Policies, procedures and annual reports.
What's on at QUT.
Want to work with us? See available jobs.
Our campuses and facilities, including maps, research locations and public venues.
Email: firstname.lastname@example.org Phone: +61 7 3138 2000 Mon-Fri, 8.30am-5pm.
Our graduates run successful businesses, conduct ground-breaking research and make significant contributions to their communities.
We celebrate our alumni with annual awards for graduates and students.
Get involved with QUT by engaging with and supporting our current students.
Once you've graduated, we encourage you to keep in touch with the QUT community and your fellow alumni.
Email: email@example.com Phone: +61 7 3138 4778 Mon-Fri, 8.30am-5pm
Award-winning singer-songwriter and ARIA-nominated artist Kate Miller-Heidke is the 2016 QUT Alumnus of the Year.
Step-by-step guide to applying as an international student.
We offer scholarships for international students to help with study and living costs.
You may be able to meet with a QUT staff member or official representative in your city.
Find out more about living and studying in Brisbane.
While you're studying here, you can access a range of support services to help you adjust to life in Brisbane.
Come to QUT for one or two semesters.
Freecall: 1800 181 848 (within Australia)
Phone: +61 3 9627 4853 (outside Australia)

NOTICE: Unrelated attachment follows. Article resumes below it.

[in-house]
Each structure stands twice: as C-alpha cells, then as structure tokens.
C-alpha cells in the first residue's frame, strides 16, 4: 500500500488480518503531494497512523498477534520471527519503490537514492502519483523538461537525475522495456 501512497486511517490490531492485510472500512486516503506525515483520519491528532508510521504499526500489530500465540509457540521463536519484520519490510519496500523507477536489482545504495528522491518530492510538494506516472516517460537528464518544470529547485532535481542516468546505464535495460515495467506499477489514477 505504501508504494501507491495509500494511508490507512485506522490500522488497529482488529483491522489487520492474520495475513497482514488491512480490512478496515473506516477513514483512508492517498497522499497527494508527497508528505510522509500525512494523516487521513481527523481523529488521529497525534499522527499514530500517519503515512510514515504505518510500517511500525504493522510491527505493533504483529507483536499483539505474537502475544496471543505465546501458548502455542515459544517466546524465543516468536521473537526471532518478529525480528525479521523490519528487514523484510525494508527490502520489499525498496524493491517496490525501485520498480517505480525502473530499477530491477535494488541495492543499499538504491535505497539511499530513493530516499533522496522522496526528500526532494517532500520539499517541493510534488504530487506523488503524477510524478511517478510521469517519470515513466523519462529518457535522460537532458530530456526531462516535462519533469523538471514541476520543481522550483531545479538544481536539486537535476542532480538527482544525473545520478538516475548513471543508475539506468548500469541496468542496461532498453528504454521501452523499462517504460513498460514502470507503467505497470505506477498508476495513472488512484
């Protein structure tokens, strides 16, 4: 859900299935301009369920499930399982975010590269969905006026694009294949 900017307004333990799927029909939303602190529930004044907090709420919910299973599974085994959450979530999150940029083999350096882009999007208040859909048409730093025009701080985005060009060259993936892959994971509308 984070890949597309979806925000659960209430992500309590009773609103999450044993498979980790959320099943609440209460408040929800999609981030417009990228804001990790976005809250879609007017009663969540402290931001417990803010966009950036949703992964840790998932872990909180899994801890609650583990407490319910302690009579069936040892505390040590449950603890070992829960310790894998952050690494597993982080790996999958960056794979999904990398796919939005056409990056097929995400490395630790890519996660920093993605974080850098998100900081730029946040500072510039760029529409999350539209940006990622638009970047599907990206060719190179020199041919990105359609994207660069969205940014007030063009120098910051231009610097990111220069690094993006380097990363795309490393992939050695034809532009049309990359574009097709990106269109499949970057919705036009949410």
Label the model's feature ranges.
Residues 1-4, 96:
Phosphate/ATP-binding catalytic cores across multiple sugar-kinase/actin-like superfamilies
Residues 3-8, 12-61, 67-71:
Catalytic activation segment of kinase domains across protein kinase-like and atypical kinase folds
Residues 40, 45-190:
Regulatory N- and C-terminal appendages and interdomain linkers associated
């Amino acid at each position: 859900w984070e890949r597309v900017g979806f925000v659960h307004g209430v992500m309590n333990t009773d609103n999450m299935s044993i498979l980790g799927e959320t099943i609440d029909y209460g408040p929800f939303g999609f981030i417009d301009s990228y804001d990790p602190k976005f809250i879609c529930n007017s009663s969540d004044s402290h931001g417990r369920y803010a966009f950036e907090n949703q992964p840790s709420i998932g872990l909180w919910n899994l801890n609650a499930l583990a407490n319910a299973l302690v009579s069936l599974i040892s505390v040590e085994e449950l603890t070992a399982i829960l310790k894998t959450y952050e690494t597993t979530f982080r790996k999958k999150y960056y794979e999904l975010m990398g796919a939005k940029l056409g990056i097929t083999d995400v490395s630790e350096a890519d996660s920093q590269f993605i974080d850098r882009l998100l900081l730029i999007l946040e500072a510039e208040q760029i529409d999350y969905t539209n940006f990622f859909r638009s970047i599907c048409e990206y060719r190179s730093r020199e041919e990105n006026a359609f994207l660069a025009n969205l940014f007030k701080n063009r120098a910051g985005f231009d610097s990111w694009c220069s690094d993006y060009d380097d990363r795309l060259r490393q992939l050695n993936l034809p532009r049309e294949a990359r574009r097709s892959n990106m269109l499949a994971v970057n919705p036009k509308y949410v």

Subscribe for email updates
Plugging into renewable energy sources outweighs the cost and short driving ranges for consumers intending to buy electric vehicles, according to a new study.
Email: firstname.lastname@example.org Phone: +61 7 3138 2361
You are here:
Ditching satellites and complex, powerful computers and opting for camera technology inspired by small mammals may be the future of navigation systems.
Dr Michael Milford from Queensland University of Technology's (QUT) Science and Engineering Faculty said his research into making more reliable Global Positioning Systems (GPS) using camera technology and mathematical algorithms would make navigating a far cheaper and simpler task.
"At the moment you need three satellites in order to get a decent GPS signal and even then it can take a minute or more to get a lock on your location," he said.
"There are some places geographically, where you just can't get satellite signals and even in big cities we have issues with signals being scrambled because of tall buildings or losing them altogether in tunnels."